Remember that feeling right after you finished a run? Not the burn in your lungs or the ache in your legs. That uplifting feeling… perhaps you would even describe as euphoria. Well, that good feeling comes from endorphins.
What are endorphins?
You have most likely heard of endorphins, but what really are they? The word endorphins originate from two words: “endogenous” meaning from the body, and “morphine” which means pain reliever. Endorphins are a brain chemical (also known as a neurotransmitter) produced by the central nervous system and pituitary gland (a small gland at the base of your brain that regulates functions and wellbeing).
When produced, endorphins reduce pain as well as boost pleasure, creating the sense of wellbeing and goodness. Pretty good deal right?
When and Why?
You have most likely experienced the production of endorphins after physical exercise or eating, but why? Well, since humans are beings that seek pleasure yet not pain, endorphins act as a reward system for ourselves. When we perform an important task such as physical exercise or eating, our brain releases this chemical so that you will want to perform that task again.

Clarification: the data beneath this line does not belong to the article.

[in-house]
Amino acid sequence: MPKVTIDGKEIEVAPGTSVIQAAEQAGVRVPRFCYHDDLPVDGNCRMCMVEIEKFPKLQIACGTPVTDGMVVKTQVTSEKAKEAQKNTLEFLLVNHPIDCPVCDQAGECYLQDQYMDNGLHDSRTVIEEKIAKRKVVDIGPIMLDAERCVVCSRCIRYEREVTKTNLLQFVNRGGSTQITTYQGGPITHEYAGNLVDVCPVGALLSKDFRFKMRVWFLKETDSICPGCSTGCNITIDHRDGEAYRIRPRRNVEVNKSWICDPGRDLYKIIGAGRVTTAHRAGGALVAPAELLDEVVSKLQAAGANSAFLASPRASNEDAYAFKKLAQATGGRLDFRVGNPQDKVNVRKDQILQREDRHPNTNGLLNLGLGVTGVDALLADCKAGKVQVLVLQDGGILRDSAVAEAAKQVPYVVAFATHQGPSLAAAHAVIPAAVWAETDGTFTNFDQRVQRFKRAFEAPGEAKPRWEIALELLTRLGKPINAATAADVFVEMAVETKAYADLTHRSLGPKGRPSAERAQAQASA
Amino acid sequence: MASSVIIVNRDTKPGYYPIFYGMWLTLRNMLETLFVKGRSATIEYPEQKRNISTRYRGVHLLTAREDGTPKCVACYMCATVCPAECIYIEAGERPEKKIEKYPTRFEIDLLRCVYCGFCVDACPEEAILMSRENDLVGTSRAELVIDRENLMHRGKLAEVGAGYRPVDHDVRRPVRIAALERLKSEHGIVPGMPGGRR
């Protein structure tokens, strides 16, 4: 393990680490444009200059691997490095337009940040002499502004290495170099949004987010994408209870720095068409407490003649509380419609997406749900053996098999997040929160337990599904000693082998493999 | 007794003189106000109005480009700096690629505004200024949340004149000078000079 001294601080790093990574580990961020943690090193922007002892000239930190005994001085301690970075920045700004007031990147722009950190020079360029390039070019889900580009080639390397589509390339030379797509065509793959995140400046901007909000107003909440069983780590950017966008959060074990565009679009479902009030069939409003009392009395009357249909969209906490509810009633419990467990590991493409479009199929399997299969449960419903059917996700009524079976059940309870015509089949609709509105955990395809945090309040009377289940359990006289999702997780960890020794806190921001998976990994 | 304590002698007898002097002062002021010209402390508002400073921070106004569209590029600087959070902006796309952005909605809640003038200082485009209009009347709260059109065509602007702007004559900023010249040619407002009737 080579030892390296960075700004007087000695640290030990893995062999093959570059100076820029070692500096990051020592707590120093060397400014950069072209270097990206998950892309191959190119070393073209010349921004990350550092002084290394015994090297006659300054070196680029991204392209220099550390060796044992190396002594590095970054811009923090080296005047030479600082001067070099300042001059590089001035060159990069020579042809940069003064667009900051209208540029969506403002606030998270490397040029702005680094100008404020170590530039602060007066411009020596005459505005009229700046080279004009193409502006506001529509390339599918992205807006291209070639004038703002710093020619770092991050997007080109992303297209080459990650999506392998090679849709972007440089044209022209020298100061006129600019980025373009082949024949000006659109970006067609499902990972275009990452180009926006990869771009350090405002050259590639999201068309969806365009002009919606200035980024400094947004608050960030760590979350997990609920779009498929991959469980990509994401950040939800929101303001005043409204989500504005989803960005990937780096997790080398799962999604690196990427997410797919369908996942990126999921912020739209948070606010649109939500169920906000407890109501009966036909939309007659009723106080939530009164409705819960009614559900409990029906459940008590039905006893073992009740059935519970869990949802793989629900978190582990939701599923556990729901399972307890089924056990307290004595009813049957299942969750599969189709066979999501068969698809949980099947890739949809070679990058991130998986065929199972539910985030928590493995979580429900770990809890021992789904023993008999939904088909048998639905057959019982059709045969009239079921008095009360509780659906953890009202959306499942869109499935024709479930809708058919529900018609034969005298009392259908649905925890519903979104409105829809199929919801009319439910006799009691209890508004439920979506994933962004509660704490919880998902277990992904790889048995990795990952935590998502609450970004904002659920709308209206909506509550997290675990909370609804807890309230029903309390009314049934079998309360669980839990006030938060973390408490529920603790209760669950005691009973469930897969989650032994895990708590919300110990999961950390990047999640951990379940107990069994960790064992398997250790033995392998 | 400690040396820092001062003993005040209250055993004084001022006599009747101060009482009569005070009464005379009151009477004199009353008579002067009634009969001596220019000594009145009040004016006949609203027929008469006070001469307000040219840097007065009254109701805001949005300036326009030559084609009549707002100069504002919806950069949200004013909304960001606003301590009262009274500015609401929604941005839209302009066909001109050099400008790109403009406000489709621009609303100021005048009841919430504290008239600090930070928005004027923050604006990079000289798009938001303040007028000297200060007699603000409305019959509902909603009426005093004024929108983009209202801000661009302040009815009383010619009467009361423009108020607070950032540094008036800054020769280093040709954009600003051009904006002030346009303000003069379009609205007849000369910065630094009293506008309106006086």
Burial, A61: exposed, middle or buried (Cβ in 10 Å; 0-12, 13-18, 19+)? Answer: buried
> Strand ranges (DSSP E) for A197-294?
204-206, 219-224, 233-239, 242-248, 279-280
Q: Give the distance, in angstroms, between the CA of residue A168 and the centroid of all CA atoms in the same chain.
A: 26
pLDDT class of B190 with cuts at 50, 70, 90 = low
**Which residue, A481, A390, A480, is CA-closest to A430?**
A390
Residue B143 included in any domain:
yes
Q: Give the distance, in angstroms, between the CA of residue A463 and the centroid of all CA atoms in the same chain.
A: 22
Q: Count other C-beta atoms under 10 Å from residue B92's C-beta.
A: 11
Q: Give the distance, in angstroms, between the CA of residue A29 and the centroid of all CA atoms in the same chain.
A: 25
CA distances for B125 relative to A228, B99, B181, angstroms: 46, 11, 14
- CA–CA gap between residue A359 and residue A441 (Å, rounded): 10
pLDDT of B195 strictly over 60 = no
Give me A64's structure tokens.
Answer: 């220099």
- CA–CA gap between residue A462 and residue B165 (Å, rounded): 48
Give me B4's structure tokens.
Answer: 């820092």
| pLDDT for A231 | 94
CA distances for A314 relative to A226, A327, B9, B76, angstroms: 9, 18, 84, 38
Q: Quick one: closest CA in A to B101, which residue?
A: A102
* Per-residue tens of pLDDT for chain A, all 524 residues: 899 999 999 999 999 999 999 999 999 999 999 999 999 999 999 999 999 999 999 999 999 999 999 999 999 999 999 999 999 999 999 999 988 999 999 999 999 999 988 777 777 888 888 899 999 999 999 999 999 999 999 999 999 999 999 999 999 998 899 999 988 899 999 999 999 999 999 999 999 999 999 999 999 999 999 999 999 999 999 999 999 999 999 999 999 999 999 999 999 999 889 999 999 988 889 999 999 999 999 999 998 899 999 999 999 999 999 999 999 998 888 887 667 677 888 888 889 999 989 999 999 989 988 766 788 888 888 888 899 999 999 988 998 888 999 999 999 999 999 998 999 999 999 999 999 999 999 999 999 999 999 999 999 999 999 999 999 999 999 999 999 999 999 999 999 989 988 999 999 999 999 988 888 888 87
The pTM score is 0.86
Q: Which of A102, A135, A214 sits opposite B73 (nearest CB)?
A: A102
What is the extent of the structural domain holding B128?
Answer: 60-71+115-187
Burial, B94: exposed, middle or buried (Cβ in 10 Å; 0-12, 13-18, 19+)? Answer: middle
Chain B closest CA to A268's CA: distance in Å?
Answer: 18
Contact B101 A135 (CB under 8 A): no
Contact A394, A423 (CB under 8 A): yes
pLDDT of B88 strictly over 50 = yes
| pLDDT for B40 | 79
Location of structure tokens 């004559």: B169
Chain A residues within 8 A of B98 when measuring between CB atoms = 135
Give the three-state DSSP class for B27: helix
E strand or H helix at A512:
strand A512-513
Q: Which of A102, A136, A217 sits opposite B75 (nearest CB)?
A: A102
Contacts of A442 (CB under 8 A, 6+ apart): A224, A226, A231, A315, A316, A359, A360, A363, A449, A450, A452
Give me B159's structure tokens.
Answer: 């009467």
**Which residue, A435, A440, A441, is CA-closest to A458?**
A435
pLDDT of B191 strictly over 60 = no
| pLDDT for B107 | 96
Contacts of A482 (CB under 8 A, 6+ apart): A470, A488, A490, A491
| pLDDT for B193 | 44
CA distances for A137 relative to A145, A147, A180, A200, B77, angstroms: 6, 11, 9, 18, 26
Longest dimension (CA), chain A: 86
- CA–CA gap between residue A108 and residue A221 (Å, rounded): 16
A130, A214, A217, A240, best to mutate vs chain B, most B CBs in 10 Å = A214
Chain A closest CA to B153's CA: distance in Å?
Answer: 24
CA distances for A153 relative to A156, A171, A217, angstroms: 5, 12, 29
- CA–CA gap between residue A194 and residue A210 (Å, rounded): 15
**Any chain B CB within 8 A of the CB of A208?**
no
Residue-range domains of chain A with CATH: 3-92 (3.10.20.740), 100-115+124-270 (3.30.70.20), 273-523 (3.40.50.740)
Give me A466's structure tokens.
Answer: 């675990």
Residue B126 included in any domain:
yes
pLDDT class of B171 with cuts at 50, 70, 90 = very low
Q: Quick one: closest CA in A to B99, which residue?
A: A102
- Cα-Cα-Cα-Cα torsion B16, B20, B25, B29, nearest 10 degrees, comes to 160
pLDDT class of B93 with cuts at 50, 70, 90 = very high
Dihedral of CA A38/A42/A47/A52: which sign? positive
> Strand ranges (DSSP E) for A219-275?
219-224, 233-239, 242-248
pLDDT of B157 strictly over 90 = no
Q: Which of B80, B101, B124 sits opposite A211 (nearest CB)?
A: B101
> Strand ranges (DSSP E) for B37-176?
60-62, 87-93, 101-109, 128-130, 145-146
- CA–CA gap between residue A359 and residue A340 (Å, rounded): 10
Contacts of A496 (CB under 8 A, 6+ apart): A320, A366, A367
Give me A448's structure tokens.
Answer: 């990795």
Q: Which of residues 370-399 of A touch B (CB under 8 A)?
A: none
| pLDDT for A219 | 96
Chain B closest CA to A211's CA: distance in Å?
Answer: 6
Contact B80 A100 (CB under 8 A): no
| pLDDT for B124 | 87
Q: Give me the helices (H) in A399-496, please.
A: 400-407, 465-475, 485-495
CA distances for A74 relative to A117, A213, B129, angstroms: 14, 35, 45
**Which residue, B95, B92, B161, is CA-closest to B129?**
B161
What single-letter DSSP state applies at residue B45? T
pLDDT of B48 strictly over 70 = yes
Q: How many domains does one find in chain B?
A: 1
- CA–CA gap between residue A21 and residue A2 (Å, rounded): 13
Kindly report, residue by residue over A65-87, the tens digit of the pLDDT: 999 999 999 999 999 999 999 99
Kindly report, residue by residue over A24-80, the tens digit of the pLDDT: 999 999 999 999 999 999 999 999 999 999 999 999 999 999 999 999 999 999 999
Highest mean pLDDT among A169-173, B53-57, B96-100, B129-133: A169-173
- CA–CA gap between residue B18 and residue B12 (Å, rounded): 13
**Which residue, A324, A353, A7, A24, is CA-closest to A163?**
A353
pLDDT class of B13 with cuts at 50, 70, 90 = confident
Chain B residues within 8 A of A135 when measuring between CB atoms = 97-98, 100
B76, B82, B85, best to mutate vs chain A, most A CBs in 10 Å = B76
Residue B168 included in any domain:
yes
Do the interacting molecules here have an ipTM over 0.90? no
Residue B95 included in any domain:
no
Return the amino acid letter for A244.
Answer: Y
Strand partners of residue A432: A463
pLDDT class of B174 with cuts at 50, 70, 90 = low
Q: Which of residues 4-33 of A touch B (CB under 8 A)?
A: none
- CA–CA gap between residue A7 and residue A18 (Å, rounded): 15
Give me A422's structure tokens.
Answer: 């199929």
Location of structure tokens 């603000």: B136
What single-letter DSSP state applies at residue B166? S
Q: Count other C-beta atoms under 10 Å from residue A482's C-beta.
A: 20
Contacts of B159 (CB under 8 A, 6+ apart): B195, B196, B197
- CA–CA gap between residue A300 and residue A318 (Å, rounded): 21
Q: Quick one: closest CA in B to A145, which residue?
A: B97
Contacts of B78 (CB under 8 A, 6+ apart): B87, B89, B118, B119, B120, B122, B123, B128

In other words, humans like to feel good, therefore our body produces a chemical that makes us feel good once we perform a vital task. It all funnels down to survival. Our bodies are pretty smart!
What happens when we lack endorphins? Well, people who lack endorphins can experience depression, anxiety, moodiness, aches, pains, addiction, trouble sleeping and impulsive behavior.
Currently, many of us are quarantined at home. While we should refrain from crowded areas, try going for a walk, run, or any sort of physical exercise that does not require a whole herd of people. It can truly help to boost your mood!
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